As with biotin, the best sources of choline are liver and egg yolks. Since eggs are so much more popular than liver, let's talk about the choline requirement in terms of "egg yolk equivalents."
I find the rhetorical device to be helpful. According to Masterjohn's research into choline's interactions with the methylation cycle, Jmac's genetic makeup requires 8 egg yolk equivalents daily. That's 1,100 mg of choline. If we convert the top source on the list Plumster linked, we can see that 12 cups (7,016 kcal) of buckwheat groats also provides 1,100 mg of choline. Too many calories? Instead, we could consume 127 Swiss chard leafs at only 1,159 kcal. 17 cups (973 kcal) of Brussels sprouts or 23 cups (626 kcal) of cauliflower would also do the trick.

I think Masterjohn's point is that most people grossly underestimate what is required to get enough choline to stave off fatty liver, insulin resistance, hyperhomocysteinemia, and the resulting cascade of chronic disease. Simply eyeballing a list of foods containing choline and trying to eat more of them is unlikely to work - we actually need to do some calculations to give us a feel for the magnitude of this requirement.

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Re: Higher phosphatidylcholine protects against dementia

Postby Plumster » Tue Aug 13, 2019 10:01 pm

Hi MarcR,

I respect Masterjohn and listen to him myself sometimes. But I do wonder why he is so often so very much in favor of meat and eggs, especially considering where his funds come from. That is just a healthy amount of skepticism when evaluating someone's research.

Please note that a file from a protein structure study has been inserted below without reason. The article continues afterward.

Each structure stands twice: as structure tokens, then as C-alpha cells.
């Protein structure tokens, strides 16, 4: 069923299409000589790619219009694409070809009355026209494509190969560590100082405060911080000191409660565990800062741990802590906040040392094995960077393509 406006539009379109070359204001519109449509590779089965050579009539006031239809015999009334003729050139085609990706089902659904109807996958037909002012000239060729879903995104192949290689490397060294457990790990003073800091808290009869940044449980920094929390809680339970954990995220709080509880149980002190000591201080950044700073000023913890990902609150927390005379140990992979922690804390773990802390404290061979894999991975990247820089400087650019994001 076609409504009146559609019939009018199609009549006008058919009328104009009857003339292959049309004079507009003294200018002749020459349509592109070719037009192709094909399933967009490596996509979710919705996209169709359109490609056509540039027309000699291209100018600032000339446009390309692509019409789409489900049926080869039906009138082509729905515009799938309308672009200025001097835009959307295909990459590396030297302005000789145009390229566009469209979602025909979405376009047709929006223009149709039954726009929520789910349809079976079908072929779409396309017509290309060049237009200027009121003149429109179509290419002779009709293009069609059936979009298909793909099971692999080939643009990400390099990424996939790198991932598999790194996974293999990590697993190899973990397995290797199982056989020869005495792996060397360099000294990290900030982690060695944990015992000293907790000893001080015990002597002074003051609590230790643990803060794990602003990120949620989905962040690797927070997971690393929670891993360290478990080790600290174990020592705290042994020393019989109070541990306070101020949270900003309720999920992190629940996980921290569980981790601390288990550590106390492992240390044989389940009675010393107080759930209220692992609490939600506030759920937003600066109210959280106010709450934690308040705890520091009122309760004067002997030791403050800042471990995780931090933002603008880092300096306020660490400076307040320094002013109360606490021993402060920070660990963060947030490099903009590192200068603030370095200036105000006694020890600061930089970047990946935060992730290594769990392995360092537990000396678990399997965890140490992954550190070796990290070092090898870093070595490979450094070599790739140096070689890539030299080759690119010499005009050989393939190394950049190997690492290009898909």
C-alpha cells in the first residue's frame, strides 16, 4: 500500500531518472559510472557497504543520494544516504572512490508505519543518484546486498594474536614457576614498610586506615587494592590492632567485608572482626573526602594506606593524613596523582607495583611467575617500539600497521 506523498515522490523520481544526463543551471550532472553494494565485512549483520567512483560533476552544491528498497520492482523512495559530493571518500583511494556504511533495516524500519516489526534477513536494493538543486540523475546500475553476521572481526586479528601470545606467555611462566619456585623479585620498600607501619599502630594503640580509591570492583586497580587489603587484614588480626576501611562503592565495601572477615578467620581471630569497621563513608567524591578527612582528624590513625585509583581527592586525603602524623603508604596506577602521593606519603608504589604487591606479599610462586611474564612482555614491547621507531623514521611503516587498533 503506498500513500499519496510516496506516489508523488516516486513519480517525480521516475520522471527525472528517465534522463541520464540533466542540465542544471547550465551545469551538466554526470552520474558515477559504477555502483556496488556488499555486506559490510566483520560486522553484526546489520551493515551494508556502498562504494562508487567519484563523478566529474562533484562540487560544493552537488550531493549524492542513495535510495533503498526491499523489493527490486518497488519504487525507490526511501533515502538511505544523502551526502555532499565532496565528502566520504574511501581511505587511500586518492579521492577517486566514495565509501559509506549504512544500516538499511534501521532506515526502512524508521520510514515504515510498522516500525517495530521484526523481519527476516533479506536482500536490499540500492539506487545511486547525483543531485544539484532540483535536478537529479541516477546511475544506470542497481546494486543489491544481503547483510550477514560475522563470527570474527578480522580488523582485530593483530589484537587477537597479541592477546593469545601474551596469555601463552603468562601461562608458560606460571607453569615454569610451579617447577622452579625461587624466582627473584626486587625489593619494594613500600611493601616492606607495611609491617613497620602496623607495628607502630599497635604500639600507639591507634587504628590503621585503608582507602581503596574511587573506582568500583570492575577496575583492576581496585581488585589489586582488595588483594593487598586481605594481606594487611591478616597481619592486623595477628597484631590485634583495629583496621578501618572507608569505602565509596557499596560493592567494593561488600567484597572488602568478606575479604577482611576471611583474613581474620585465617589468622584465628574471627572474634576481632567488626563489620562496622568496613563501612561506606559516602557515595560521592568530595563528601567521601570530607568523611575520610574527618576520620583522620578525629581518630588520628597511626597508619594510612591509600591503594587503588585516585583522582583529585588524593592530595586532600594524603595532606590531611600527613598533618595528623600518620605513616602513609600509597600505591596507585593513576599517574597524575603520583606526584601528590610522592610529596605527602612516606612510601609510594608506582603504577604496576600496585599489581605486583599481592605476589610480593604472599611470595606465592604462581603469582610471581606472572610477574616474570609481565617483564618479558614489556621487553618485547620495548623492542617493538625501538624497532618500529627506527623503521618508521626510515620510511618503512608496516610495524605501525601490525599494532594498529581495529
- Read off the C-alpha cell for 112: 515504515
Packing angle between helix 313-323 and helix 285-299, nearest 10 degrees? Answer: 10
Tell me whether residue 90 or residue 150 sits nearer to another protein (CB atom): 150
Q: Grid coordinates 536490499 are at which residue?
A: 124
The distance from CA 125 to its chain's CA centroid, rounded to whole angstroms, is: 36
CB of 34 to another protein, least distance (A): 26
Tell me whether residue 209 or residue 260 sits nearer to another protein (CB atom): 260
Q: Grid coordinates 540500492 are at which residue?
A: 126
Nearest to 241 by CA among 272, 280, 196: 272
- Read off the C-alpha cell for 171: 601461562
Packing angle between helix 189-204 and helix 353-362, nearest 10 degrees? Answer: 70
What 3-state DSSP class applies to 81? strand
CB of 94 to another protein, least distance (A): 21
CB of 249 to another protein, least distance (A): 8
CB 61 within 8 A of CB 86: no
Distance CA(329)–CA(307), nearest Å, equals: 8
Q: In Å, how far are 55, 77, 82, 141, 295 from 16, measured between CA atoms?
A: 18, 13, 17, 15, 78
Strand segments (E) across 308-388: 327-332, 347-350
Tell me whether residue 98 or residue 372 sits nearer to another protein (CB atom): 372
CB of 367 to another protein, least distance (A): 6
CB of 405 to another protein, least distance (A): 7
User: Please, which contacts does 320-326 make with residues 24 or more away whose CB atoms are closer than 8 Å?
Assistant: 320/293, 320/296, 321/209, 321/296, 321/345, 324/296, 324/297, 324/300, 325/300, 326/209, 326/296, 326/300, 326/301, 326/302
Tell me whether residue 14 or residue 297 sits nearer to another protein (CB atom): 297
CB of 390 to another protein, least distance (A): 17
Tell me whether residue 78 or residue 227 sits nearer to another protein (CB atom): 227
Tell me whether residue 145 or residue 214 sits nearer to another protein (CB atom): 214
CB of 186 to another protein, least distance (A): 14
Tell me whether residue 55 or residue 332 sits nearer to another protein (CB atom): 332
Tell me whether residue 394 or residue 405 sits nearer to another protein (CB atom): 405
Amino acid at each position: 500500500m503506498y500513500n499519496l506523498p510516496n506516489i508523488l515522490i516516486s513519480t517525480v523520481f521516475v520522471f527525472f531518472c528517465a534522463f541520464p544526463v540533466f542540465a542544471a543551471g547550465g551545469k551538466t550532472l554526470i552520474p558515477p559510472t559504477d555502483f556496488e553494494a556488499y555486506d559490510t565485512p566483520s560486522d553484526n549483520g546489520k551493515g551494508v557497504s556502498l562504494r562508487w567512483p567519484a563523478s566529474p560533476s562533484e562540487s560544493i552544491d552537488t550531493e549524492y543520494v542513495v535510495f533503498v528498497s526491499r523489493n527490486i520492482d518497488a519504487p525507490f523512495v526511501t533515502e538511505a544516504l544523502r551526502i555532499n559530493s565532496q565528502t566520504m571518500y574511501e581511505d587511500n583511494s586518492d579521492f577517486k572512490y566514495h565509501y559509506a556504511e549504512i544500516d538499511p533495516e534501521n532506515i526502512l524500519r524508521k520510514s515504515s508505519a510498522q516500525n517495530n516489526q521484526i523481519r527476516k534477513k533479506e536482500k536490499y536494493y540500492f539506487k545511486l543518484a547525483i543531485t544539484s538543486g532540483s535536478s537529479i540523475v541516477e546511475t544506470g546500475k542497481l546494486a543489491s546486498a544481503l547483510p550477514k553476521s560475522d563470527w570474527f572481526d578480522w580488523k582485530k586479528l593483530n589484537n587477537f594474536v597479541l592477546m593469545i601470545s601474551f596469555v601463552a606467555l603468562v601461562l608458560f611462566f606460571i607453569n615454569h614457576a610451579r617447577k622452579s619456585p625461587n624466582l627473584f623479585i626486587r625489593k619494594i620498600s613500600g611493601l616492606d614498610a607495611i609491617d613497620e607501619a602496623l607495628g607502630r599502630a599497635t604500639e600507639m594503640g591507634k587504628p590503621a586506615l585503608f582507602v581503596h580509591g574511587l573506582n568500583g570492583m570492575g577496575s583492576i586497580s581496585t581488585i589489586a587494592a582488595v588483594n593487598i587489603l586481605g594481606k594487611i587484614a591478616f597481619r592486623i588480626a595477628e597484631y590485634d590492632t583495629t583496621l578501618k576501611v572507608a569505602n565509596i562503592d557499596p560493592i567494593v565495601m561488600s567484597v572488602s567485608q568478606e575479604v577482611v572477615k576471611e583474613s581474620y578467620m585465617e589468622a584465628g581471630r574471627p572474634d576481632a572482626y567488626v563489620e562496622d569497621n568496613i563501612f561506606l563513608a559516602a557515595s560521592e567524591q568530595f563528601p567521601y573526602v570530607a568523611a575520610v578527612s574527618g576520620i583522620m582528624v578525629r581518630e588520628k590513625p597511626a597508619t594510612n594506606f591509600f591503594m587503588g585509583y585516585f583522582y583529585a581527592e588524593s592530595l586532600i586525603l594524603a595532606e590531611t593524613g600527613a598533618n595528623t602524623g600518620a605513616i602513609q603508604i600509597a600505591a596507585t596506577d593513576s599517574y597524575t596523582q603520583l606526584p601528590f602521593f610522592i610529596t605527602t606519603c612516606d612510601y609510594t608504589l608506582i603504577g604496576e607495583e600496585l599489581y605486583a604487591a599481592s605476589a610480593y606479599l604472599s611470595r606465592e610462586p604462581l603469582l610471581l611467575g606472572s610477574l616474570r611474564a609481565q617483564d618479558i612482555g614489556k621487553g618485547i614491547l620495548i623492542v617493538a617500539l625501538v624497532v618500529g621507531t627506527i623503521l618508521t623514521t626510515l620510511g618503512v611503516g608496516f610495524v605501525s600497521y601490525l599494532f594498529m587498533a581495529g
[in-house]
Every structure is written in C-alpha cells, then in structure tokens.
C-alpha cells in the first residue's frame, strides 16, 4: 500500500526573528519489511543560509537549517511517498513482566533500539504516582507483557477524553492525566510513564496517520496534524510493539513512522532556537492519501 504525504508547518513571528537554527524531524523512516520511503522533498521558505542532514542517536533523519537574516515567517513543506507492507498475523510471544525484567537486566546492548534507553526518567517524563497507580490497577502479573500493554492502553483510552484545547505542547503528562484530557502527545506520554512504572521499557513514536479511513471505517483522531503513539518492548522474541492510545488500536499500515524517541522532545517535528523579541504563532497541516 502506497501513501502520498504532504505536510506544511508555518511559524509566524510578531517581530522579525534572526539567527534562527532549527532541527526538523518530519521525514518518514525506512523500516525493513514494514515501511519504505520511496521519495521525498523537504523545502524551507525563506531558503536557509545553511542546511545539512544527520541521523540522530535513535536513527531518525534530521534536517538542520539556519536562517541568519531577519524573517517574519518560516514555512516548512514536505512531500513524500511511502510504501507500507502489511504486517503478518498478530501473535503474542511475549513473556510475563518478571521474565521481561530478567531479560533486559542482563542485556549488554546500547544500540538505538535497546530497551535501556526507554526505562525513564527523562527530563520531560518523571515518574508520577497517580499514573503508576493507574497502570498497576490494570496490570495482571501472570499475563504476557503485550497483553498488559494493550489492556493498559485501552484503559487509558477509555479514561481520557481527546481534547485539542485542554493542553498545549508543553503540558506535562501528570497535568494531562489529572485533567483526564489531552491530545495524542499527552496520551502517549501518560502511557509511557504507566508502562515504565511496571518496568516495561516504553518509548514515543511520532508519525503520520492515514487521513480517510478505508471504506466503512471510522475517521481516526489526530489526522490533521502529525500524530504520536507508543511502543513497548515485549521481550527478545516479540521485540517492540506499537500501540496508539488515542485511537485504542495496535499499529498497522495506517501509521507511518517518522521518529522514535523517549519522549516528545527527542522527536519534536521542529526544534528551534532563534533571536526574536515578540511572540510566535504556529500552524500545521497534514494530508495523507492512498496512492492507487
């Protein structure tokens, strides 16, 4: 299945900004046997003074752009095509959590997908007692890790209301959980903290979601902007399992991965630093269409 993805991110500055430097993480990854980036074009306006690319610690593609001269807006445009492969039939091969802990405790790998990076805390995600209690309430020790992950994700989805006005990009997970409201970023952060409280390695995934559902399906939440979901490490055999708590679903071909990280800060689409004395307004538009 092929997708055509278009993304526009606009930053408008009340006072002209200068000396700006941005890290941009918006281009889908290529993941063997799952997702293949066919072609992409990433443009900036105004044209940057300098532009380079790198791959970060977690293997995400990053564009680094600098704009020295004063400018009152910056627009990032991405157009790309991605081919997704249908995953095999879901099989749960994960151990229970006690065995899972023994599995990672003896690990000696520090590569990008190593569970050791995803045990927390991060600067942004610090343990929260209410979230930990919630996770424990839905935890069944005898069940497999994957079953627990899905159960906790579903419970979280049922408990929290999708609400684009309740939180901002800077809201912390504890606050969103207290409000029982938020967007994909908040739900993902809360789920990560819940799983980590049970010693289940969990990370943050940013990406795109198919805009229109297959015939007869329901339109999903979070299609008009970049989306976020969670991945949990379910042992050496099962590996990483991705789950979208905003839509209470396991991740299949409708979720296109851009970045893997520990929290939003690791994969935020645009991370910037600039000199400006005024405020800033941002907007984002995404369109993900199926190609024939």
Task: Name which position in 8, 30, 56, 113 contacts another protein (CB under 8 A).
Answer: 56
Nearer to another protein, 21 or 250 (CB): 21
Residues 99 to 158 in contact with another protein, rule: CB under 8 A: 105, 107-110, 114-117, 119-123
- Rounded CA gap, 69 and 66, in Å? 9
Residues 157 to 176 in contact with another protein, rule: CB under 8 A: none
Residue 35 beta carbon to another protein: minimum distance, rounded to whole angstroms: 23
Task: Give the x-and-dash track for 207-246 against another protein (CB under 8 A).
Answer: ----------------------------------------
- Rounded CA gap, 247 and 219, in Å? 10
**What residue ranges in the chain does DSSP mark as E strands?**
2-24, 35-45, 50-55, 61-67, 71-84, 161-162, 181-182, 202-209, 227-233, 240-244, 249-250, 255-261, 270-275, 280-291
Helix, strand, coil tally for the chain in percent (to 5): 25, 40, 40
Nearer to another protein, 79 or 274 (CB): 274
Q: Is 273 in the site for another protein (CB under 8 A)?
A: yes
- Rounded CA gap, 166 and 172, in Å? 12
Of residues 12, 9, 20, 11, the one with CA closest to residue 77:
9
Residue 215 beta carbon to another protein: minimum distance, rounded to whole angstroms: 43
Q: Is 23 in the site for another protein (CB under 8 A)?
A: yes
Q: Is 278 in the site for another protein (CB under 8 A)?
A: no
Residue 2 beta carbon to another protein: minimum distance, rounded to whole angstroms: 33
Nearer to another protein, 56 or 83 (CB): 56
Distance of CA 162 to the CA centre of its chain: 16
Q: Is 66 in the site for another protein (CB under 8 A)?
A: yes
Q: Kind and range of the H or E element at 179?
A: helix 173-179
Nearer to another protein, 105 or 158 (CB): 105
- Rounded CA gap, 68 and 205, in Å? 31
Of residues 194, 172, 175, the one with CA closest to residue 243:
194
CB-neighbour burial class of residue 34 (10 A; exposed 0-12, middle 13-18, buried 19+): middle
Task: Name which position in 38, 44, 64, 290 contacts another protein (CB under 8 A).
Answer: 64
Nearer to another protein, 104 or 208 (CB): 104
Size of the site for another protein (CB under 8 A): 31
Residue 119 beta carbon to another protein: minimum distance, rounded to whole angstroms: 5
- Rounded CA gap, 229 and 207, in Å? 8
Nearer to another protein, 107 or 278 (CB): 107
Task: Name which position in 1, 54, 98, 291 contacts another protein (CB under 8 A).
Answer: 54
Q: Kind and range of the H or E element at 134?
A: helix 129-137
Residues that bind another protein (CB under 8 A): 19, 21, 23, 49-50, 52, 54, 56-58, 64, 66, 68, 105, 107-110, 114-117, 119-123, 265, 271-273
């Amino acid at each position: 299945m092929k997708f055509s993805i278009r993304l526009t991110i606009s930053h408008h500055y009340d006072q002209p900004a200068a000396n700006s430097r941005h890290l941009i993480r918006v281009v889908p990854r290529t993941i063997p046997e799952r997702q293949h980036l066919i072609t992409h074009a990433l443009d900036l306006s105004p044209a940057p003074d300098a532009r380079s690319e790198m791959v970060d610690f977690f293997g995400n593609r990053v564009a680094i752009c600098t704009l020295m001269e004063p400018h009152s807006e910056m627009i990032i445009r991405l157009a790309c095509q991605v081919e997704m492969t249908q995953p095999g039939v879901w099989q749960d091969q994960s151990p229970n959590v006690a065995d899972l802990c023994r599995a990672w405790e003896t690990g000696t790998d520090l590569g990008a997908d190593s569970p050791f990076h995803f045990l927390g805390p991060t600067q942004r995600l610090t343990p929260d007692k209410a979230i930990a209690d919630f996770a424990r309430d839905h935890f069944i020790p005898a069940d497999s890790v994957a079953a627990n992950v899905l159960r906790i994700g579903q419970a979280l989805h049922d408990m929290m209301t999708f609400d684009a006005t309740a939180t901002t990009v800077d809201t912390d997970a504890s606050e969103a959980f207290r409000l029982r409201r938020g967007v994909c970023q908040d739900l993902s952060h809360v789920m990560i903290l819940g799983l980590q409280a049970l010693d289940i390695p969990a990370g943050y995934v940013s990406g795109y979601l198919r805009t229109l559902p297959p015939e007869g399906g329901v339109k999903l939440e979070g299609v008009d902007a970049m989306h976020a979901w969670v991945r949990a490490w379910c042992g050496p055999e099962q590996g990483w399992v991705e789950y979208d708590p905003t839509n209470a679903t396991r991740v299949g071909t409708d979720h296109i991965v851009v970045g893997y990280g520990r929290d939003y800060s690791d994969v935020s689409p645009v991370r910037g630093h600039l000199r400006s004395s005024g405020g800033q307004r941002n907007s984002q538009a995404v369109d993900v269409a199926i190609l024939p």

Simply eyeballing a list of foods containing choline and trying to eat more of them is unlikely to work - we actually need to do some calculations to give us a feel for the magnitude of this requirement.


As mentioned in my post above, I am not recommending we get all your choline from beans and broccoli alone. I specifically mention supplementing in addition to food sources.
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Re: Higher phosphatidylcholine protects against dementia

Postby Tincup » Fri Aug 16, 2019 1:36 pm

Plumster wrote:I am also plant-based and it's worth remembering that choline is in a lot of other things besides eggs (is the egg industry behind this??


Note that Masterjohn, on his calculator page, provides this database of choline in all sorts of foods.

In my opinion, questioning Masterjohn's motives is inappropriate and uncalled for.
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Re: Higher phosphatidylcholine protects against dementia

Postby Plumster » Fri Aug 16, 2019 5:58 pm

Sorry, but it's never inappropriate to question an authority figure or expert.